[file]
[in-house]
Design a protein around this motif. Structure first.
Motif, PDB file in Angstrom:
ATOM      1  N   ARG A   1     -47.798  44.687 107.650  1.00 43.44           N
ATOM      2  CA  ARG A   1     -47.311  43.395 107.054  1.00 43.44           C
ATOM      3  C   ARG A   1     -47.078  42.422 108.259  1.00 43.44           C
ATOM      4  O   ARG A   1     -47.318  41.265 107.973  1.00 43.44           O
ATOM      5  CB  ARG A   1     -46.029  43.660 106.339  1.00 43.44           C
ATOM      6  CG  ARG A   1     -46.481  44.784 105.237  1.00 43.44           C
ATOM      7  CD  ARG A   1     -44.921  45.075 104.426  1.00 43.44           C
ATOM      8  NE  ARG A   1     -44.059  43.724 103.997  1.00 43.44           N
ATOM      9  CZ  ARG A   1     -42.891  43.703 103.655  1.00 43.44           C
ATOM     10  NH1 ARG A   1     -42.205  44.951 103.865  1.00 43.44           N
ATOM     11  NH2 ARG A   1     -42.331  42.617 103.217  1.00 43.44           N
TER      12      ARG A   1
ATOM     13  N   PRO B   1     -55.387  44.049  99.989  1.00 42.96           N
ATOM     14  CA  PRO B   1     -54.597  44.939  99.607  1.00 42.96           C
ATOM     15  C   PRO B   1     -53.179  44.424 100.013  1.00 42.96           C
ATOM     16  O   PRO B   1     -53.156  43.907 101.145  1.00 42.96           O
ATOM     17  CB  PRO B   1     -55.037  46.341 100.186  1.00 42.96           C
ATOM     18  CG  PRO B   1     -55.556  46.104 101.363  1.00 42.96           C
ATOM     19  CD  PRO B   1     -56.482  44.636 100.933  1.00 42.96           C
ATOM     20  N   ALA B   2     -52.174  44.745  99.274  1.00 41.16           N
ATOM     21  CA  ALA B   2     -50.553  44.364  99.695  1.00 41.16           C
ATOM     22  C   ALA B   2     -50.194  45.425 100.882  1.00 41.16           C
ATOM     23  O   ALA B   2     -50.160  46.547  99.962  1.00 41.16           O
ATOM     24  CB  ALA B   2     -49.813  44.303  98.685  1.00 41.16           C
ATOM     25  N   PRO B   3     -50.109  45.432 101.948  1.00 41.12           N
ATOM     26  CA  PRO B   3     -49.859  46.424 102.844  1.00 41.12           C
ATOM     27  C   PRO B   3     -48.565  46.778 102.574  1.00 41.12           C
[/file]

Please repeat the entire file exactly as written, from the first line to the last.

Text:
[in-house]
Design a protein around this motif. Structure first.
Motif, PDB file in Angstrom:
ATOM      1  N   ARG A   1     -47.798  44.687 107.650  1.00 43.44           N
ATOM      2  CA  ARG A   1     -47.311  43.395 107.054  1.00 43.44           C
ATOM      3  C   ARG A   1     -47.078  42.422 108.259  1.00 43.44           C
ATOM      4  O   ARG A   1     -47.318  41.265 107.973  1.00 43.44           O
ATOM      5  CB  ARG A   1     -46.029  43.660 106.339  1.00 43.44           C
ATOM      6  CG  ARG A   1     -46.481  44.784 105.237  1.00 43.44           C
ATOM      7  CD  ARG A   1     -44.921  45.075 104.426  1.00 43.44           C
ATOM      8  NE  ARG A   1     -44.059  43.724 103.997  1.00 43.44           N
ATOM      9  CZ  ARG A   1     -42.891  43.703 103.655  1.00 43.44           C
ATOM     10  NH1 ARG A   1     -42.205  44.951 103.865  1.00 43.44           N
ATOM     11  NH2 ARG A   1     -42.331  42.617 103.217  1.00 43.44           N
TER      12      ARG A   1
ATOM     13  N   PRO B   1     -55.387  44.049  99.989  1.00 42.96           N
ATOM     14  CA  PRO B   1     -54.597  44.939  99.607  1.00 42.96           C
ATOM     15  C   PRO B   1     -53.179  44.424 100.013  1.00 42.96           C
ATOM     16  O   PRO B   1     -53.156  43.907 101.145  1.00 42.96           O
ATOM     17  CB  PRO B   1     -55.037  46.341 100.186  1.00 42.96           C
ATOM     18  CG  PRO B   1     -55.556  46.104 101.363  1.00 42.96           C
ATOM     19  CD  PRO B   1     -56.482  44.636 100.933  1.00 42.96           C
ATOM     20  N   ALA B   2     -52.174  44.745  99.274  1.00 41.16           N
ATOM     21  CA  ALA B   2     -50.553  44.364  99.695  1.00 41.16           C
ATOM     22  C   ALA B   2     -50.194  45.425 100.882  1.00 41.16           C
ATOM     23  O   ALA B   2     -50.160  46.547  99.962  1.00 41.16           O
ATOM     24  CB  ALA B   2     -49.813  44.303  98.685  1.00 41.16           C
ATOM     25  N   PRO B   3     -50.109  45.432 101.948  1.00 41.12           N
ATOM     26  CA  PRO B   3     -49.859  46.424 102.844  1.00 41.12           C
ATOM     27  C   PRO B   3     -48.565  46.778 102.574  1.00 41.12           C